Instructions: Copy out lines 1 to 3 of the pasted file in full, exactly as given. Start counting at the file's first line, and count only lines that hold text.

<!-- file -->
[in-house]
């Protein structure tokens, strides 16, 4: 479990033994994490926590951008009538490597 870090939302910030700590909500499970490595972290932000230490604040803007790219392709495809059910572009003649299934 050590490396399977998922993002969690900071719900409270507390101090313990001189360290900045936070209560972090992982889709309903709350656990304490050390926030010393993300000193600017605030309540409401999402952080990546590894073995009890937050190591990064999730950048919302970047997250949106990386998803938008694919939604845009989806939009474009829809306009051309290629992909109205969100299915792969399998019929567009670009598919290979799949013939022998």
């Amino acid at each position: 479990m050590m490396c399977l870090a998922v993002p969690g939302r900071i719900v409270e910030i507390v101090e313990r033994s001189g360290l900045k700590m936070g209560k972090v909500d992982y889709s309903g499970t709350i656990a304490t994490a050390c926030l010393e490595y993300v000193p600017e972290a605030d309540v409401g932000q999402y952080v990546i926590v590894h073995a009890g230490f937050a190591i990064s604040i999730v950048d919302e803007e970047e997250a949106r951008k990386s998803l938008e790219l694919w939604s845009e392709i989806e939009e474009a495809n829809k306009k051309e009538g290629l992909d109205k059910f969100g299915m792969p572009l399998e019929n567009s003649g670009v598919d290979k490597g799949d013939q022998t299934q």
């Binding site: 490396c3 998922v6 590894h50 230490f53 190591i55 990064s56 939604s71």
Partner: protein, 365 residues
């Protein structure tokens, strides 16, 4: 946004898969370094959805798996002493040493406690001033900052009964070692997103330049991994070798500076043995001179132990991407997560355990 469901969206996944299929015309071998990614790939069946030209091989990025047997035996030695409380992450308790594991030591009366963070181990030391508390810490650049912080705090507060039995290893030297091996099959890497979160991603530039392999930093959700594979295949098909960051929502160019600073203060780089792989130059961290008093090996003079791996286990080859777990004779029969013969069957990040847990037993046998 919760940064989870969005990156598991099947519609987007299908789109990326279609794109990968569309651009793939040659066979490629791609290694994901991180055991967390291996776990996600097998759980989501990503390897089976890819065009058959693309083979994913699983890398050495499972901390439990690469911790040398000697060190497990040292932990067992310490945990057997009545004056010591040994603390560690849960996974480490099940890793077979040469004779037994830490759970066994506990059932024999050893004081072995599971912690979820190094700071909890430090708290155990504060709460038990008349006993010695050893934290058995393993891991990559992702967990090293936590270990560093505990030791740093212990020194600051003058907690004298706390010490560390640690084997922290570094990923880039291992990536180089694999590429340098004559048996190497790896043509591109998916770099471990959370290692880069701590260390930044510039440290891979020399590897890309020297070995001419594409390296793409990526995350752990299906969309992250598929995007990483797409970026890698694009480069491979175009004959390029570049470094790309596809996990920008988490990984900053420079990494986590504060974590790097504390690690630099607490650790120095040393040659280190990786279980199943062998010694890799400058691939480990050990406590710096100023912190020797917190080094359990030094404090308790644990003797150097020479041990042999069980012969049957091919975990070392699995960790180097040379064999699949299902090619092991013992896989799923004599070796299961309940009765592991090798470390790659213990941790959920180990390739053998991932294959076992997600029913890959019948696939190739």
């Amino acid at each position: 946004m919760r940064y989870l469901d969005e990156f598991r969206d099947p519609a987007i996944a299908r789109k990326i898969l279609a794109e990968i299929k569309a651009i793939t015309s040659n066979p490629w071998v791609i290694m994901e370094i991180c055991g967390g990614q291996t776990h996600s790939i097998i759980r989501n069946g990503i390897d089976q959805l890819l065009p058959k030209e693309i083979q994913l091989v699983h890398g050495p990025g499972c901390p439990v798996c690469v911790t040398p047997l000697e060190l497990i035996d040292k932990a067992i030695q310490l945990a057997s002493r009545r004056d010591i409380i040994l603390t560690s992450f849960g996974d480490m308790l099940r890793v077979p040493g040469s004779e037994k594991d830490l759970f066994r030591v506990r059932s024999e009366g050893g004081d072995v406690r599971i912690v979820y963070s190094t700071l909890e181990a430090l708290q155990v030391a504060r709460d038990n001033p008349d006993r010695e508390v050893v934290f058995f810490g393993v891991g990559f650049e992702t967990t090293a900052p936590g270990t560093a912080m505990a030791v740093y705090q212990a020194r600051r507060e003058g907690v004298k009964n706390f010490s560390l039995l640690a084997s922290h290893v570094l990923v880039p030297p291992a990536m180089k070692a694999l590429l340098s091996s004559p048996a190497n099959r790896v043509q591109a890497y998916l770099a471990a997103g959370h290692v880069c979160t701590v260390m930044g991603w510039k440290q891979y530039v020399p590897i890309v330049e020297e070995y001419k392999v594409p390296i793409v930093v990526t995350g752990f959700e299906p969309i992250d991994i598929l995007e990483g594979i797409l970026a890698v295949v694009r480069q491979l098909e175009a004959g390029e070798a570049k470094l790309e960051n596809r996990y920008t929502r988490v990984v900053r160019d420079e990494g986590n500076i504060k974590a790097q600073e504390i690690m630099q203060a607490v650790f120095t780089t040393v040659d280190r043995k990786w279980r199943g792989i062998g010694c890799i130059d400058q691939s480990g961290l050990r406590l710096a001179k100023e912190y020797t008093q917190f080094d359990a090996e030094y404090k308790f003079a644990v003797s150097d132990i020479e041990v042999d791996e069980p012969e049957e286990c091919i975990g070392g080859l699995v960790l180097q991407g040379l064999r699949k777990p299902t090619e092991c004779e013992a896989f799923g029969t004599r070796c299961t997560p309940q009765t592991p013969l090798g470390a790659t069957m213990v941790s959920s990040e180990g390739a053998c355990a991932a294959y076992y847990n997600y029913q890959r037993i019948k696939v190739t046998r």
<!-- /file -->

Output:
[in-house]
């Protein structure tokens, strides 16, 4: 479990033994994490926590951008009538490597 870090939302910030700590909500499970490595972290932000230490604040803007790219392709495809059910572009003649299934 050590490396399977998922993002969690900071719900409270507390101090313990001189360290900045936070209560972090992982889709309903709350656990304490050390926030010393993300000193600017605030309540409401999402952080990546590894073995009890937050190591990064999730950048919302970047997250949106990386998803938008694919939604845009989806939009474009829809306009051309290629992909109205969100299915792969399998019929567009670009598919290979799949013939022998």
């Amino acid at each position: 479990m050590m490396c399977l870090a998922v993002p969690g939302r900071i719900v409270e910030i507390v101090e313990r033994s001189g360290l900045k700590m936070g209560k972090v909500d992982y889709s309903g499970t709350i656990a304490t994490a050390c926030l010393e490595y993300v000193p600017e972290a605030d309540v409401g932000q999402y952080v990546i926590v590894h073995a009890g230490f937050a190591i990064s604040i999730v950048d919302e803007e970047e997250a949106r951008k990386s998803l938008e790219l694919w939604s845009e392709i989806e939009e474009a495809n829809k306009k051309e009538g290629l992909d109205k059910f969100g299915m792969p572009l399998e019929n567009s003649g670009v598919d290979k490597g799949d013939q022998t299934q």